I remember LOAD “*” – but is the tape 8 or is the disk drive 8? TO GOOGLE!
The Commodore 64. It was the first computer my parents bought, and the system that I cut my teeth on. To this day it has a special place in my heart.
Back in those days, playing games like Gorf and Clowns on the C64 were cutting edge things. You would slip in the cartridge and just start playing for hours. Today these names probably down mean anything 🙁
Something else we would do for hours is load games and other programs from cassette tape. Yep, you heard me – cassette tapes. I remember Impossible Mission especially taking about 15 minutes to load, and maybe 1 in 5 times I would come back to a screen that said “Ooops. Can you try again?” And I would. Again and again. Impossible Mission was a game it took me about ten years to beat.
Another fond memory I have (if you can believe it) is typing in my games and saving them to tape. Now I wasn’t some magical child prodigy – I wasn’t creating games from scratch at nine years old. But you could get magazines that came with the game’s code. That you manually typed in. Yep – that was how you did it on the C64. Free games with a magazine – as long as you typed it all in yourself. That was how I began to learn to programme, and it was a massive amount of trial and error. Back in those days, there was no internet to Google the answers to a question. The magazines in question rarely explained what the BASIC language was let alone how to debug a problem.
For me, these were the frontier days of computing. For my parents and IT people of that generation, they probably felt I was as spoiled as Google kids are now.
But what is this walk down memory lane all about? Well, looking at the EB Games website this morning I realised I could preorder a C64 mini. I have heard about this on and off for a while, but now it’s coming.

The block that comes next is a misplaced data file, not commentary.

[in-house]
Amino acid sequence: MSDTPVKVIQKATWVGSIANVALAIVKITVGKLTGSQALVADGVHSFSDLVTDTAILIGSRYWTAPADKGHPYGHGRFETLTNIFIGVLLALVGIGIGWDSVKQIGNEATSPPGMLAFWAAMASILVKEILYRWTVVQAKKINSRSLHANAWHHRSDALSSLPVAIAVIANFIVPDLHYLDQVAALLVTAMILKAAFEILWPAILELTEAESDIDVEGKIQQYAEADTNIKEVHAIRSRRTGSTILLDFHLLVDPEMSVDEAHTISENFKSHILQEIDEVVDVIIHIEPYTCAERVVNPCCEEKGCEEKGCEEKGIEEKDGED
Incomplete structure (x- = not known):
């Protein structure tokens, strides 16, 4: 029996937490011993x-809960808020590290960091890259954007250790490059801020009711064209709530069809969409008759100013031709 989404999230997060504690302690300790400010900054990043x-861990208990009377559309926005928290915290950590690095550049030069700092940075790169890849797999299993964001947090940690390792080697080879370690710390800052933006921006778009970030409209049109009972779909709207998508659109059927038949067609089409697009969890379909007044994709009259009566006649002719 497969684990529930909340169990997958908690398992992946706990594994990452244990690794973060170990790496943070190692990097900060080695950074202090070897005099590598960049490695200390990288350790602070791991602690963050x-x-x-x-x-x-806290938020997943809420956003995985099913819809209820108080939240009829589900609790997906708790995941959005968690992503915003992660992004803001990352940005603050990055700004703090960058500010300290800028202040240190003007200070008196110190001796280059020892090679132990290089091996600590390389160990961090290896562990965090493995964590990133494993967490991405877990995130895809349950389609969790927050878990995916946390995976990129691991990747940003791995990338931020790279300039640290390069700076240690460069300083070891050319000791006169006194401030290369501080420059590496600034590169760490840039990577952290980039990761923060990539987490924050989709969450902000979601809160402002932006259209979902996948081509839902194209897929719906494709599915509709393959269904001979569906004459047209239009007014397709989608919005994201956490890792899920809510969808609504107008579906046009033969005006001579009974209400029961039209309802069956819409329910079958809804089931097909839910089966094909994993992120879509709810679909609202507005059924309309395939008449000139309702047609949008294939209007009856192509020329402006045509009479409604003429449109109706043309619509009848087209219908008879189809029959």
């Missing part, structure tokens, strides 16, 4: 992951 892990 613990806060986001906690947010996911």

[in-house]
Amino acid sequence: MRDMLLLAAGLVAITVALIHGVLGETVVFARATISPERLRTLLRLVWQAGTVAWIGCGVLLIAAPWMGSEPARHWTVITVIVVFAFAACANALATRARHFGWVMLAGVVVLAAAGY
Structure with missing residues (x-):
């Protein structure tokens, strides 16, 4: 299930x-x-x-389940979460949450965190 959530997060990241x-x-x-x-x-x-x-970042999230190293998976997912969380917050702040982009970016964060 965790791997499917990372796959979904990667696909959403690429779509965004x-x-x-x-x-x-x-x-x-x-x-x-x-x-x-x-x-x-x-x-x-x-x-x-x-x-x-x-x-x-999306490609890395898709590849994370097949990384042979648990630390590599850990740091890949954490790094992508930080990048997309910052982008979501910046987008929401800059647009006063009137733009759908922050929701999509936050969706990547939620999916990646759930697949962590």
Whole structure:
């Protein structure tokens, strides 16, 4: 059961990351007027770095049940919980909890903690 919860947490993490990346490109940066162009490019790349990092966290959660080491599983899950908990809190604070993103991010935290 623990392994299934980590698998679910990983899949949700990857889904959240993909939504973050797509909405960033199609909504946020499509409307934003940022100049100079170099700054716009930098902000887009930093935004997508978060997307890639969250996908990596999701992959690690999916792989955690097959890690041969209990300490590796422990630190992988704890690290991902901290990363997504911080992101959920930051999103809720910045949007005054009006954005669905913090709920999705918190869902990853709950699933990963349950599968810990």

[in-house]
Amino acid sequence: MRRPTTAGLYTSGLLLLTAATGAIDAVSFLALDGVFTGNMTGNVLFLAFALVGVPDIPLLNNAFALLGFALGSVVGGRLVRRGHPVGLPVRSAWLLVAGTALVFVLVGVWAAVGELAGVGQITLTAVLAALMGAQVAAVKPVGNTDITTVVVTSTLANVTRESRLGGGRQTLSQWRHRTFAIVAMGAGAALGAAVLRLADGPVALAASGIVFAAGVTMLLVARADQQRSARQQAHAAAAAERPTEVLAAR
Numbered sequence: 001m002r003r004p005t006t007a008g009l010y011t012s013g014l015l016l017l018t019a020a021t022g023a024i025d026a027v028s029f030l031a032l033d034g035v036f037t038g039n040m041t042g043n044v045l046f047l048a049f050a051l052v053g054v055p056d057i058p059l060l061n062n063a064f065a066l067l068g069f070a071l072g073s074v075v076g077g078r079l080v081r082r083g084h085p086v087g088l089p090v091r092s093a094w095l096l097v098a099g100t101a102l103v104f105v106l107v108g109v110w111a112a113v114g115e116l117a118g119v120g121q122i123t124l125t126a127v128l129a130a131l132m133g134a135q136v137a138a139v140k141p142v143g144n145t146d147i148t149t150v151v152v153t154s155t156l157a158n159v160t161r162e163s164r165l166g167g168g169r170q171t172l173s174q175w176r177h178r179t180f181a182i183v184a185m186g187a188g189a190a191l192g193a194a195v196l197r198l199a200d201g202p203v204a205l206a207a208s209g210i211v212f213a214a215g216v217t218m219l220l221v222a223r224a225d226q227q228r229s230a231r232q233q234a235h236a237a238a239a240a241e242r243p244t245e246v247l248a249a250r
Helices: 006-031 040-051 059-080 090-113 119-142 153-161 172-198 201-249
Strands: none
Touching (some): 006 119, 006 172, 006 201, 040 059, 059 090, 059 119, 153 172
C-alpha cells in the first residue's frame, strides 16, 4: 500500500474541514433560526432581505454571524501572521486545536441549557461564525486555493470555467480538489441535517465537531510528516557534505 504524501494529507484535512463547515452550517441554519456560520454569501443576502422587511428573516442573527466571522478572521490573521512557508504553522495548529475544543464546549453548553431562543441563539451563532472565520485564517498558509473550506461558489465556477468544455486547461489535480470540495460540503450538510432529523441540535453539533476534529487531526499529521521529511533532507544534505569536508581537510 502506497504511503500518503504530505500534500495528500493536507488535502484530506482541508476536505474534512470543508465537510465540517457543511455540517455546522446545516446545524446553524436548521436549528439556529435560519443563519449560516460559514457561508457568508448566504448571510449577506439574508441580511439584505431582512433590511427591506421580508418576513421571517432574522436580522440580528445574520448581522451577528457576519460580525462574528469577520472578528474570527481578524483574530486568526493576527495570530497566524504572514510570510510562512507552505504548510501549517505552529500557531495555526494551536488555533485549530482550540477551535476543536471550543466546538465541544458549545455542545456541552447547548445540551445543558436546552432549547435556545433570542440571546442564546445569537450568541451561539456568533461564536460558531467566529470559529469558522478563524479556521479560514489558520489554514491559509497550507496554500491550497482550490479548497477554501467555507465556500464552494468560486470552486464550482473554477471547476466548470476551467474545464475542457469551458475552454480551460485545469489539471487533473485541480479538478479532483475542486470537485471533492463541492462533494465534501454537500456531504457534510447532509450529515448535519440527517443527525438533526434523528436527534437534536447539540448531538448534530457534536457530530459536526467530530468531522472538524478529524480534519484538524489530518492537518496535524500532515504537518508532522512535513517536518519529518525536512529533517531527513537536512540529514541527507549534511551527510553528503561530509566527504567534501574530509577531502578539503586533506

This little console is coming with 64 inbuilt games (how appropriate!) and its own joystick. Unlike the Nintendo consoles, the C64 mini is using standard USB ports so that you can even plug in a keyboard and use the mini as a ‘proper’ C64!
The games on offer are all high rating games of their day, and I do not see much overlap in the types of games, not including sequels. For example, a lot of the Epyx ‘Games’ series like Summer Games, Winter Games and California Games are included. Each one played very differently even though the core idea of a bunch of different events are the same.
My first top-down shooter if you will was the classic Commando. You control an elite soldier, running up the screen to destroy the army in front of you. It’s a game I have never actually completed if I recall correctly. There was another game at the time called Who Dares Wins, a similar concept game where a lone soldier takes on the enemy army alone. Who Dares Wins got slammed as being nothing but a Commando clone, to the point of an injunction stopping sales completely. The developers then went back and remade the game as simply ‘Who Dares Wins II’. And this game became not only the Commando killer for the day but also the superior game and as such is on the C64 mini. What is noticeably not in the collection is the more well-known Commando though, so the ‘same game’ bloat is minimised in the collection.
Come March 29th 2018, I am looking forward to hooking up teh C64 mini to my screen and realising once again just how far games and technology have come in the last 30 odd years.
Until next time,